If you don’t have access to the rendered fatty juices which have oozed from the roasting flesh of a recently slaughtered animal, making a decent gravy can be quite a challenge. A vegetarian gravy requires time and attention to build up a sufficient depth of flavour, so I suggest you make this in advance and/or multiply the quantities and freeze the surplus.

By the way, here’s wishing a slightly belated happy Christmas to all our reader(s).

Preparation time: 15 minutes
Cooking time: 40 – 60 minutes
Makes: 500ml (ish)
Skill level: easy


  • 1 onion – finely chopped
  • 2 carrots – finely chopped
  • 2 sticks of celery – finely chopped
  • butter – a much as you dare
  • fresh herbs such as thyme and parsley
  • 3 cloves of garlic – roughly chopped
  • 3 bay leaves
  • tomato puree – 1 tbsp
  • plain flour – 1 heaped tbsp
  • water
  • red wine – glass
  • port – slug
  • s and p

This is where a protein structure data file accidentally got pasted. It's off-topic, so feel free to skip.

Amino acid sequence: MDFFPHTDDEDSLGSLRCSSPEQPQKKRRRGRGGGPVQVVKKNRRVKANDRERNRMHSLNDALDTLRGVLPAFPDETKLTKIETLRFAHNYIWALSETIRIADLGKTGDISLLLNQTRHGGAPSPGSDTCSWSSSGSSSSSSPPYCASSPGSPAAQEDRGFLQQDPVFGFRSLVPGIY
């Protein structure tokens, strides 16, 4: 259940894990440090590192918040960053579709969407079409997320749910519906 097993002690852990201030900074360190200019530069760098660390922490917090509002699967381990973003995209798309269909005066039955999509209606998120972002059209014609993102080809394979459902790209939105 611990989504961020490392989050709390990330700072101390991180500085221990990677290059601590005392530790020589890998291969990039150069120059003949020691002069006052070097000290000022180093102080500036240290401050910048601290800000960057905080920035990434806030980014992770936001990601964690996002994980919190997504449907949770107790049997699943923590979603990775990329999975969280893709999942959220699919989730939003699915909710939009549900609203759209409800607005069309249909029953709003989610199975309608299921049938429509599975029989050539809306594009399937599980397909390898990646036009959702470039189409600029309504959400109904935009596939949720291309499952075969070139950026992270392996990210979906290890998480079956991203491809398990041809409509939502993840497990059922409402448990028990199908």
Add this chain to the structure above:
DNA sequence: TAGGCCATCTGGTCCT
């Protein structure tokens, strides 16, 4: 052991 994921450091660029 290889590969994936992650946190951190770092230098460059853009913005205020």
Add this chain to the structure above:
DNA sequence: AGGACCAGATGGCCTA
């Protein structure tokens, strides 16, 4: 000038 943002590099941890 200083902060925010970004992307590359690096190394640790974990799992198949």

Melt the butter in a large heavy-bottomed, high-sided frying pan.

Add the onion, celery and carrots and stir.

Next add the herbs, bay leaves, garlic, tomato puree, salt and a generous twist of black pepper.

Cook over a medium heat (stirring regularly) for 20–30 minutes. You want the vegetables to be caramelised and reduced almost to a marmelade. You may have to add a little water if it looks like it might stick and burn.

Add the flour and stir.

Pour in the glass of wine and stir for a minute or two.

Next add some water (about 500ml) and stir.

Bring to a simmer and cook for another 20–30 minutes – the idea is to extract all the flavour from the vegetables.

You should now have a thick dark lush gravy.

Pass this mixture through a sieve into a bowl – squash with the back of a ladle to extract all the juice and flavour.

Drop in a few knobs of butter and stir until silky smooth.

Add a slug of port.

Taste and add more seasoning if necessary.

Either reheat or allow to cool and freeze.

Verdict: A sweet rich gravy which went perfectly with both salmon en croute and dry-brined roast turkey.

Drink: A Christmas dinner trio of fizzy, red and dessert.

Entertainment: Disappointing crackers.

1 Comment

  1. Thanks for this. I made mine in a similar way but left out the tomato puree and replace with a teaspoon of marmite for a slightly less sweet version.

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